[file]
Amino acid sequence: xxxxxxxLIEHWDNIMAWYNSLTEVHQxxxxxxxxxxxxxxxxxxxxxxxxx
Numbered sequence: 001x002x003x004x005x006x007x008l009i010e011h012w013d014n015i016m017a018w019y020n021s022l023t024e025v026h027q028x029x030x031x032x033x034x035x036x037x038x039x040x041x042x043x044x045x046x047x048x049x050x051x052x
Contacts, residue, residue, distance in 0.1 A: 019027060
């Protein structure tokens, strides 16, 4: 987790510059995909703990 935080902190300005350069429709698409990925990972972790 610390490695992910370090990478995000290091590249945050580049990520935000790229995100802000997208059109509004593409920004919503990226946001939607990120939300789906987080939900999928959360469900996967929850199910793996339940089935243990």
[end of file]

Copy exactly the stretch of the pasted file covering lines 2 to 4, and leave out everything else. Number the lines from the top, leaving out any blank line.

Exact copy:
Numbered sequence: 001x002x003x004x005x006x007x008l009i010e011h012w013d014n015i016m017a018w019y020n021s022l023t024e025v026h027q028x029x030x031x032x033x034x035x036x037x038x039x040x041x042x043x044x045x046x047x048x049x050x051x052x
Contacts, residue, residue, distance in 0.1 A: 019027060
């Protein structure tokens, strides 16, 4: 987790510059995909703990 935080902190300005350069429709698409990925990972972790 610390490695992910370090990478995000290091590249945050580049990520935000790229995100802000997208059109509004593409920004919503990226946001939607990120939300789906987080939900999928959360469900996967929850199910793996339940089935243990």